By Barani Krishnan
Investing.com – The trade in oil is getting scarier for the bulls, with the market sliding more than 1% on Halloween Thursday as investors continued to feel the tremors of data from the previous data showing an unexpectedly large weekly crude build.
“It’s close to midnight, and something’s selling oil in the dark,” Price Futures Group analyst Phil Flynn said in a Halloween parody of Michael Jackson’s “Thriller” as crude prices sank for a fourth day in a row.
, the benchmark for New York-traded crude, was down $1.04, or 1.9%, at $54.02 per barrel by 1:05 PM ET (17:02 GMT), extending Wednesday’s 0.86% drop.
, the London-traded global gauge for oil, slid by 79 cents, or 1.3%, to $59.45 after settling down almost 1% in the previous session.
U.S. crude stockpiles rose by 5.7 million barrels for the week ended Oct. 25, the EIA said on Wednesday. The market was looking for a rise of about 494,000 barrels, according to forecasts compiled by Investing.com.
U.S. GDP growth, meanwhile, dropped to an annual rate of 1.9% in the third quarter. While that was above Wall Street expectations it still raised concerns about investment and growth ahead as the stimulus from tax cuts disappears.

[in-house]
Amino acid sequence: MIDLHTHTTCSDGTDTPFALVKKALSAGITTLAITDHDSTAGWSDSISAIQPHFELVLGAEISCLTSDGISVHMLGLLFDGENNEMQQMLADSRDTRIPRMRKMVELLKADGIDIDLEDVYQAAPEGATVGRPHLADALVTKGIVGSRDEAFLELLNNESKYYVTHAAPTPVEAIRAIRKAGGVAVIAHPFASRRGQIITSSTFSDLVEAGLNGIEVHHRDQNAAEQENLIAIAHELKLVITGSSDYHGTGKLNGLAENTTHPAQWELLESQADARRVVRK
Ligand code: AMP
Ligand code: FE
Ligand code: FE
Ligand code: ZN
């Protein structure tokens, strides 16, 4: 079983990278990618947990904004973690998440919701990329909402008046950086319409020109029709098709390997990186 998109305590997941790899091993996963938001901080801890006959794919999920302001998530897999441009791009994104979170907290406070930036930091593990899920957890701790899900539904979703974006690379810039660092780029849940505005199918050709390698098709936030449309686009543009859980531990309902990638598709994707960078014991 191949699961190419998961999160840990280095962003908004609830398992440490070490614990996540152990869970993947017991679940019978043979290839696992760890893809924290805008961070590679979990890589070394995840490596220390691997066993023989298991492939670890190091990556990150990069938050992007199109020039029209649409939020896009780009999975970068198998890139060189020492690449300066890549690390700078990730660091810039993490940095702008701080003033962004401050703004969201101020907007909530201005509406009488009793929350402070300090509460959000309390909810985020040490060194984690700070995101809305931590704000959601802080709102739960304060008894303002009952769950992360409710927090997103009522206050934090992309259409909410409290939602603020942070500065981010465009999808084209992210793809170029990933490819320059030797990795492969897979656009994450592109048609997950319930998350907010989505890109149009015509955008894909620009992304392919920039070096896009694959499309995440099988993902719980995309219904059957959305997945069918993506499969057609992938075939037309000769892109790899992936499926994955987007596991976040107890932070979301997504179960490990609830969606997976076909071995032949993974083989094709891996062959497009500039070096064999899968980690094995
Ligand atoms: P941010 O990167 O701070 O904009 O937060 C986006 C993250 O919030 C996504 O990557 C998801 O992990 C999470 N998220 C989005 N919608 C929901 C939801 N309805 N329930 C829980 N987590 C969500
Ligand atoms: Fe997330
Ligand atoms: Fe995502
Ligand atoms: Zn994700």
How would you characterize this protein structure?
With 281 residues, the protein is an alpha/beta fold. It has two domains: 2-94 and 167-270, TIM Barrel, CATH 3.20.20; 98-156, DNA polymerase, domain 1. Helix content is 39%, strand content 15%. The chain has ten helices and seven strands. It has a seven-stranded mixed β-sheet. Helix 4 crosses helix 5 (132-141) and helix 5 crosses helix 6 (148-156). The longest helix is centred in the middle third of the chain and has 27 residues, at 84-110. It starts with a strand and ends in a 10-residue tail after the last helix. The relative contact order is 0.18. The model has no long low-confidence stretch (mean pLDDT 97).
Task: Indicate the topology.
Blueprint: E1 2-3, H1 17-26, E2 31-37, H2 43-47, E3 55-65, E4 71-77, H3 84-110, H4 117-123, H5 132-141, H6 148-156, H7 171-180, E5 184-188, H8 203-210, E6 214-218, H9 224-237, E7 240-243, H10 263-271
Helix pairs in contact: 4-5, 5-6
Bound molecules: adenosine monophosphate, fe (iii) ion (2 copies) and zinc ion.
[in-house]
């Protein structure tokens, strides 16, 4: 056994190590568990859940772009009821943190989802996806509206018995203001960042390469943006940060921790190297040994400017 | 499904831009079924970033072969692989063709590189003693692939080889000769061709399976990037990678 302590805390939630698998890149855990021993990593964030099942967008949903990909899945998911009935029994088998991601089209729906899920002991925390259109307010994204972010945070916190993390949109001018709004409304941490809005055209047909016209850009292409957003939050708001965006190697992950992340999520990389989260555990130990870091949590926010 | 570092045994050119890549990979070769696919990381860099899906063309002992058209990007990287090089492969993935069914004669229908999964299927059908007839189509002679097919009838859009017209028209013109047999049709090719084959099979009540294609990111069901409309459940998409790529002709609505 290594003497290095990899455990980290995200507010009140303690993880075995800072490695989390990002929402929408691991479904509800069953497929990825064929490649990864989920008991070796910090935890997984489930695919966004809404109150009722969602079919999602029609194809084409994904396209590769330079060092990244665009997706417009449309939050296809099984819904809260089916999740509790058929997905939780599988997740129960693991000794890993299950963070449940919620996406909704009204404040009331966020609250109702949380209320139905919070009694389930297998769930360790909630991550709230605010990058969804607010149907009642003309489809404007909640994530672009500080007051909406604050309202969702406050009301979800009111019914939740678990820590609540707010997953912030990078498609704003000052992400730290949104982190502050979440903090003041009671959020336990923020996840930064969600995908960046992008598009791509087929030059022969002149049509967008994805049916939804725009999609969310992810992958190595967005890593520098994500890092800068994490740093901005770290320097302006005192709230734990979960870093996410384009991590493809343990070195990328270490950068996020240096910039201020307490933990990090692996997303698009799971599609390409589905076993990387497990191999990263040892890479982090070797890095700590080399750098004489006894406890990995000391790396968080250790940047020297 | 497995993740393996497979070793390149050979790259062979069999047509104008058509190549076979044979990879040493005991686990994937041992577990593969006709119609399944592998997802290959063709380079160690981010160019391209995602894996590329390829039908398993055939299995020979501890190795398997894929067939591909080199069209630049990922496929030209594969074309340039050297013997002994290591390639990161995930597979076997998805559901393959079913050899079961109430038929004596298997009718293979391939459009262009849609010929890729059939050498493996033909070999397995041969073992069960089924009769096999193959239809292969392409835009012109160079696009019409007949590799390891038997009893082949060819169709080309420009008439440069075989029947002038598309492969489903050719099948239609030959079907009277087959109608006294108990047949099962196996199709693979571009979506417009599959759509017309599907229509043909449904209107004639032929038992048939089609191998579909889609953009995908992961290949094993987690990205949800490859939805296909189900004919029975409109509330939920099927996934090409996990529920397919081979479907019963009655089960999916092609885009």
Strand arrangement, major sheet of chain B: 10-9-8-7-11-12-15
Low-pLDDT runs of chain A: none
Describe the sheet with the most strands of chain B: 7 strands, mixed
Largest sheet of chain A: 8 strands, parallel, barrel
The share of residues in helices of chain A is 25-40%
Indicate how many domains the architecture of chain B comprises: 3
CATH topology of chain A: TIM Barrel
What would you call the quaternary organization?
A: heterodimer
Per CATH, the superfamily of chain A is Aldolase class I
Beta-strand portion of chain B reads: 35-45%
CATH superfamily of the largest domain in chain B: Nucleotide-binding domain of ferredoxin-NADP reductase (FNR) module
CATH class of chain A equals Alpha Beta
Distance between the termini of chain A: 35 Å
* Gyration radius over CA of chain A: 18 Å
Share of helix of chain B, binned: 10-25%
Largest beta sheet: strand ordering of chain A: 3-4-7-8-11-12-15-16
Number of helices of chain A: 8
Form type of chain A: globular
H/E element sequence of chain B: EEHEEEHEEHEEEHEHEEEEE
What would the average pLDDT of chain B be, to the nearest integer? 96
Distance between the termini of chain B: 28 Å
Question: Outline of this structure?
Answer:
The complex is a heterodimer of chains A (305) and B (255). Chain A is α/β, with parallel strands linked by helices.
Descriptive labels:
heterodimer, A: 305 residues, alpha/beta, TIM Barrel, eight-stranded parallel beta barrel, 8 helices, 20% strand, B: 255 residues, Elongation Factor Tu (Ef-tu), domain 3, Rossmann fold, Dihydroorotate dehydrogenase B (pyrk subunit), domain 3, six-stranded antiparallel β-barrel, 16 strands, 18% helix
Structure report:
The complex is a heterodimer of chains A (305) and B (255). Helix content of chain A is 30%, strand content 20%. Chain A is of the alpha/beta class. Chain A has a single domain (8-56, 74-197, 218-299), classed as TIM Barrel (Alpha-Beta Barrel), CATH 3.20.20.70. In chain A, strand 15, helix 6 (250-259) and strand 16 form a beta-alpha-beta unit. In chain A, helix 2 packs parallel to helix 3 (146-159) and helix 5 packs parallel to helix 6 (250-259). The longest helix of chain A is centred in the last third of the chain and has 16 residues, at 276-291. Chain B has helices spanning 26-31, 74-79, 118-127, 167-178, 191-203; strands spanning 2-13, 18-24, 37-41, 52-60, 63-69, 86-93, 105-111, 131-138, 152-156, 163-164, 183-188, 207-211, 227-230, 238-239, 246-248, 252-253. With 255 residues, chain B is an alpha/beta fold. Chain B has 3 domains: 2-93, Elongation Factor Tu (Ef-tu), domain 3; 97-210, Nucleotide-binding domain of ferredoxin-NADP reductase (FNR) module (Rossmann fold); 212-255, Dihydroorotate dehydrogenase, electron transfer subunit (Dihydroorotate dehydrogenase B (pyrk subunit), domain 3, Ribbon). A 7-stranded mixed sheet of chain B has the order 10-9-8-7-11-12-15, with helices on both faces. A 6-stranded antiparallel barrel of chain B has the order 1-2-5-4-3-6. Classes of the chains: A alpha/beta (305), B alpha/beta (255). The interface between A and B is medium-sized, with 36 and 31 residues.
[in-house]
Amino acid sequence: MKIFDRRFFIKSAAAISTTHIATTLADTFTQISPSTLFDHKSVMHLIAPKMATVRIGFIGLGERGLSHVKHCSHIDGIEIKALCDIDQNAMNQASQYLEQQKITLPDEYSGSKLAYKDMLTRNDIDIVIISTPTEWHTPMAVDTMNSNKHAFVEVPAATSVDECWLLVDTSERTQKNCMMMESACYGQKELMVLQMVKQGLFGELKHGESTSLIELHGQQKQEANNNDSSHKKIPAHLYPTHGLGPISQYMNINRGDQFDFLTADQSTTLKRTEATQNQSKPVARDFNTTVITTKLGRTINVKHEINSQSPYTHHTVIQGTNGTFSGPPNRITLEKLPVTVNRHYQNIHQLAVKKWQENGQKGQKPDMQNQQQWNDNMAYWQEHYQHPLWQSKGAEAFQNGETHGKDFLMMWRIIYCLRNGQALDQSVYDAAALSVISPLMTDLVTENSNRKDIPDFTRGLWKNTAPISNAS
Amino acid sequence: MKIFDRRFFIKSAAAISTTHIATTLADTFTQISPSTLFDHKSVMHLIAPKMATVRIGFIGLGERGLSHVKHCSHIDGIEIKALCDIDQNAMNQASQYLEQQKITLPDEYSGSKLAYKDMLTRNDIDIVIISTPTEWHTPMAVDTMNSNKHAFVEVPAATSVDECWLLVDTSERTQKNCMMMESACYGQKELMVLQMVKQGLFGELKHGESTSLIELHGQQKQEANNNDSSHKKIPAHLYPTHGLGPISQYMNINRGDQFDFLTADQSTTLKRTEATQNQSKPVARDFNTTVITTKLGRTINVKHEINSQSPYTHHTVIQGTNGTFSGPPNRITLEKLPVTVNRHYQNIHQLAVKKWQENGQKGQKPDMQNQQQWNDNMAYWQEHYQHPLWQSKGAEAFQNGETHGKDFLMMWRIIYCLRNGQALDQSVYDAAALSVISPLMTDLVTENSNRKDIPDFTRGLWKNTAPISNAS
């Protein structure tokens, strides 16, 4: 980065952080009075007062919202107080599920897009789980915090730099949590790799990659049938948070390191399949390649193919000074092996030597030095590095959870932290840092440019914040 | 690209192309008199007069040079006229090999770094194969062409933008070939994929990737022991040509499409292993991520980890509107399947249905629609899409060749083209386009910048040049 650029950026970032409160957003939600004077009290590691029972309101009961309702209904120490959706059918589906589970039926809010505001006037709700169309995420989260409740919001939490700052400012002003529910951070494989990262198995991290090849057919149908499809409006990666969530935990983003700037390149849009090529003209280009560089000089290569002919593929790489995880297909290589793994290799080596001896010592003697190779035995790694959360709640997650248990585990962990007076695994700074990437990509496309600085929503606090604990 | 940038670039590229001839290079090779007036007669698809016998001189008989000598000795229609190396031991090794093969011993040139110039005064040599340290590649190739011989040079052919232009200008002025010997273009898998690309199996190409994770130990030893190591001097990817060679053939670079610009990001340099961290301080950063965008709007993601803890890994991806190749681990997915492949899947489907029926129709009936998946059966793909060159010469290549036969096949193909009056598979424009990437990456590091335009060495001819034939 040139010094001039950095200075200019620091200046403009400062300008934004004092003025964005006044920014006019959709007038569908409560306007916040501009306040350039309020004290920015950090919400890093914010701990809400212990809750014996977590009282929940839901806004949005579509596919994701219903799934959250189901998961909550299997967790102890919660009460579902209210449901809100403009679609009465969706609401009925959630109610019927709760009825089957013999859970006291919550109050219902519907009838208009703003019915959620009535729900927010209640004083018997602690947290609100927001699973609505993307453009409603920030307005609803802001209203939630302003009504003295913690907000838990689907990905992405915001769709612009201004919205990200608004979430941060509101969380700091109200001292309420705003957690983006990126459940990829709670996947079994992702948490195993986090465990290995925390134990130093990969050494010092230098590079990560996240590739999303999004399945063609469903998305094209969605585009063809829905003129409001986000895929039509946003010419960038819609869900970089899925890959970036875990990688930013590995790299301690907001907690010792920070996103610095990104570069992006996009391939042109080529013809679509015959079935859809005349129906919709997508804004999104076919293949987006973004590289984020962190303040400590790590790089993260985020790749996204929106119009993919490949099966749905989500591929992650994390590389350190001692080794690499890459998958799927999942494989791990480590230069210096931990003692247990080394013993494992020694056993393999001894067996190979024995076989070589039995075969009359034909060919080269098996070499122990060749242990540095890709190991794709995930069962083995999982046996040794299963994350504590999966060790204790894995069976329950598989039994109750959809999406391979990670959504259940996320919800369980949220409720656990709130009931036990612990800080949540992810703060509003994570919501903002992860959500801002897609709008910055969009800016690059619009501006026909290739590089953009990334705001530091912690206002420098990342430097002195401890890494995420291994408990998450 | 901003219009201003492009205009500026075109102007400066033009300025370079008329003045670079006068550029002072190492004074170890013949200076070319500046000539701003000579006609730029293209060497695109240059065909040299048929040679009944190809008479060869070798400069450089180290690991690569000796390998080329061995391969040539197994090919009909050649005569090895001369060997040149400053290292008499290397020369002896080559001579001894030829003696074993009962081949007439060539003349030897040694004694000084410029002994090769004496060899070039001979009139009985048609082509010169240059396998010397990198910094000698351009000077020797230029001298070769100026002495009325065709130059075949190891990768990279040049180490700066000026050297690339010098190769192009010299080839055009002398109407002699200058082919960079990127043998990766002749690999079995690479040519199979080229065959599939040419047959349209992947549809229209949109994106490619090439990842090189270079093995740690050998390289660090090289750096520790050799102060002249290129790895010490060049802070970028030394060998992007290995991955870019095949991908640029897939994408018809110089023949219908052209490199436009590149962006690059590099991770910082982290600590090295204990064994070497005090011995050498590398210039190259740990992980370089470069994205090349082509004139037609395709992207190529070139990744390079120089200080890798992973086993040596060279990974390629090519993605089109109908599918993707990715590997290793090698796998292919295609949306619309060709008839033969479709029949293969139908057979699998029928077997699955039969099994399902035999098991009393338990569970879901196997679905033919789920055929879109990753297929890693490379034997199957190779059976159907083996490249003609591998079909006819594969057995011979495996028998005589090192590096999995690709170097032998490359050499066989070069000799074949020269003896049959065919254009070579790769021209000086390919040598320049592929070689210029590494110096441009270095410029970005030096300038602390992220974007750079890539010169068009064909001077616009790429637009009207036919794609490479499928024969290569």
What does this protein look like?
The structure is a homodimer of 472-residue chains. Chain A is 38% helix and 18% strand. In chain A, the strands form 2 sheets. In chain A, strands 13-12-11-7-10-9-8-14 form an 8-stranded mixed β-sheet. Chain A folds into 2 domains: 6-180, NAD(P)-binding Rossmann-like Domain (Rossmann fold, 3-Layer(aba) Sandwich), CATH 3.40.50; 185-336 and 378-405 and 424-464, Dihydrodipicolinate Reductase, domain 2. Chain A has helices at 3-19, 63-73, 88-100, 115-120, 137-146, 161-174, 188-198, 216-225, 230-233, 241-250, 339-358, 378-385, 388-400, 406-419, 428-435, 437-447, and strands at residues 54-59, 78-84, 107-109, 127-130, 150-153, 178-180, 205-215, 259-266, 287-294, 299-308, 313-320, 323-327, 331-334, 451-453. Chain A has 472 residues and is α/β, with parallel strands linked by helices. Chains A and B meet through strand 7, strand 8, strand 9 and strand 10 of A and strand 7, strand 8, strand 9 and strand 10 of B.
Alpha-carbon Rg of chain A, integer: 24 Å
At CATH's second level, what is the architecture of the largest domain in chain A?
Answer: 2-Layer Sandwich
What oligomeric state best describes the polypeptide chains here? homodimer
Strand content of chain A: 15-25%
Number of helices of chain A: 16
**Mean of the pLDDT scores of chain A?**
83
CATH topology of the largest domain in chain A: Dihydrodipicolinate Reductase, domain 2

Analysts said the combined headlines on the outsize inventory build and a softer economic landing pushed algorithmic trading models into stop-loss selling, forcing discretion-based traders to follow suit with little room to consider longer-term fundamentals.
Indeed, as Flynn wrote in his parody: “Under the moonlight, you see a drop that almost Stops Your Stop. You Try to Scream, but the computer takes the trade before you change It. You Start to scream, as oil tanks right before your eyes. You’re Paralyzed!”.
Thursday’s slide came as Bloomberg News reported that Chinese officials were casting doubts about reaching a comprehensive long-term trade deal with the United States, even as the two sides get close to signing a “phase one” agreement.
In private conversations with visitors to Beijing and other interlocutors in recent weeks, Chinese officials have warned they won’t budge on the thorniest issues, people familiar with the matter told Bloomberg.
“They remain concerned about President Donald Trump’s impulsive nature and the risk he may back out of even the limited deal both sides say they want to sign in the coming weeks,” the report said.
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